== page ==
TALLAHASSEE -- As Florida legislators dissolved their two-week redistricting session Friday without agreement on a congressional map, they acknowledged they were ready to repeat something they had done only once before in state history — turning over the complicated task of drawing maps to the courts.
The year was 1992, when Bill Clinton and Ross Perot dominated national politics, Florida voters imposed term limits on politicians and Hurricane Andrew devastated Miami-Dade County.
Then, as now, one party controlled government. Lawton Chiles was governor and the House and Senate were run by Democrats. And yet then, as now, political dominance was not enough to overcome the pressures of personal ambition and intra-party divides.
The 1992 redistricting session ended in stalemate over a congressional map and legislators turned the job over to a three-judge panel of federal judges. The court’s signature change was the creation of a sprawling, wishbone-shaped minority-majority seat that linked black communities in 14 counties from Jacksonville to Orlando and back through Gainesville.
The argument: the federal Voting Rights Act protections required the state to link minority communities together where possible to create districts where black and Hispanic voters could elect candidates of their choice.
Now that sprawling district is at the heart of the redistricting ruling from the Florida Supreme Court that ordered the Legislature to redraw its congressional map and specifically end the practice of dividing counties through the center of the state in order to create a black-majority district.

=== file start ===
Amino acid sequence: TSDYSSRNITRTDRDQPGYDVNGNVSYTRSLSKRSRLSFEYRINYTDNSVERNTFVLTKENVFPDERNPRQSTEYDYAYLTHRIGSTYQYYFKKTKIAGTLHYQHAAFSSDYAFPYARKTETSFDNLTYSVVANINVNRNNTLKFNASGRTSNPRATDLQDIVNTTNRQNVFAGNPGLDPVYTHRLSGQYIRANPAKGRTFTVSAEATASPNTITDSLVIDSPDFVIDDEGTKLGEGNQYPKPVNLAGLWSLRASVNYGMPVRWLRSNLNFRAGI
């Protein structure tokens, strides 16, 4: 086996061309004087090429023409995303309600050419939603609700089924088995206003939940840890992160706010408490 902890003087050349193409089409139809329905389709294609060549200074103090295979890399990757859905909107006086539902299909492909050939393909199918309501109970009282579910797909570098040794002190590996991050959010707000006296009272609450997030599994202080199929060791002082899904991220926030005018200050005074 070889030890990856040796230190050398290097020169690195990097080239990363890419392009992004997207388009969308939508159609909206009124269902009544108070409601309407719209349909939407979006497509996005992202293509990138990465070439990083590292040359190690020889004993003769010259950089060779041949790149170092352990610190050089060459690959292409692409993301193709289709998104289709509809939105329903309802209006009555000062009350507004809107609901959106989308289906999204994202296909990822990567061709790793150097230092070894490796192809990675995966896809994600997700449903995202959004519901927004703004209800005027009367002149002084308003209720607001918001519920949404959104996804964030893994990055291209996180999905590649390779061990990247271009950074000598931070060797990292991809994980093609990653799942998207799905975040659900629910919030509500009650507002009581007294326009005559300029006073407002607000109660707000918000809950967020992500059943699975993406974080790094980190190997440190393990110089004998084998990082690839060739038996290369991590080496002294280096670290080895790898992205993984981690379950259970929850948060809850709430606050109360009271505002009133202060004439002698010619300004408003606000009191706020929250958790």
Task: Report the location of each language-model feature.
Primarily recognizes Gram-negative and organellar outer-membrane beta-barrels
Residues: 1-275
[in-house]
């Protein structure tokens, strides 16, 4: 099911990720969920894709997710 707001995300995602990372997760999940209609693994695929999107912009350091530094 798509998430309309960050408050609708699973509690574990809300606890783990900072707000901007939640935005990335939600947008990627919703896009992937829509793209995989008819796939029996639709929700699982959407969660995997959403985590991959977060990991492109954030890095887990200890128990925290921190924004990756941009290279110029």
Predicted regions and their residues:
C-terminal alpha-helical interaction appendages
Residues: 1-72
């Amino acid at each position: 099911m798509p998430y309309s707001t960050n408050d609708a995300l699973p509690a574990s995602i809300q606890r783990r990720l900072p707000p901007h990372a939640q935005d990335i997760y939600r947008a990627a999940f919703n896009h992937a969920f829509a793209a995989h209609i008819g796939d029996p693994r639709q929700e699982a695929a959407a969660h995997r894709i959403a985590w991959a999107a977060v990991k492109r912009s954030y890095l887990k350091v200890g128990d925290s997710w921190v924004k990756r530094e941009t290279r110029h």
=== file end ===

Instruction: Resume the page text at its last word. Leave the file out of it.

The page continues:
This time, judges specifically ordered that the district run east-west along the northern counties of the state and, because the legislature couldn’t get the job done, the task will go to Leon County Circuit Court Judge Terry Lewis. He has until Oct. 17 to get a plan complete and send it to the Florida Supreme Court for final review. The first hearing will be Tuesday.
“It’s déjà vu all over again,” said Miguel DeGrandy, a Miami attorney and former Republican state representative who successfully aligned with black Democrats in 1992 to challenge the congressional and legislative districts drawn by the Democrat-controlled legislature.
“The result of the 1992 redistricting was a gerrymandered Democrat plan that [the courts] transformed to a plan that became a Republican majority,” said DeGrandy, who went on to lead the GOP redistricting team in 2002. “If the Democrats had known that then, they might not have let the courts take it over.”
The outcome reshaped Florida’s political landscape in a way that continues to reverberate. Republicans secured a majority of seats in the Senate in 1994 and in the House two years later. The last time a Democrat was elected speaker of the House — St. Petersburg lawyer Peter Rudy Wallace — would be 1994, and also the last time Democrats elected a majority to Congress.
“Reapportionment has redefined Florida a couple of times and, historically, the court has been the catalyst,” said Jon Mills, a former House speaker who is now a law professor at the University of Florida and was one of the experts hired to draft the language for the Fair Districts amendment.
Mills believes that the shift this time could be “monumental.” DeGrandy predicts it will lead to “near parity in Florida’s congressional delegation” — now dominated by 17 Republicans, compared to 10 Democrats.
The first time the courts had a role was in the 1960s, when the Baker v. Carr decision opened the door to court scrutiny of state redistricting decisions and created the precedent of evaluating them based on one person, one vote.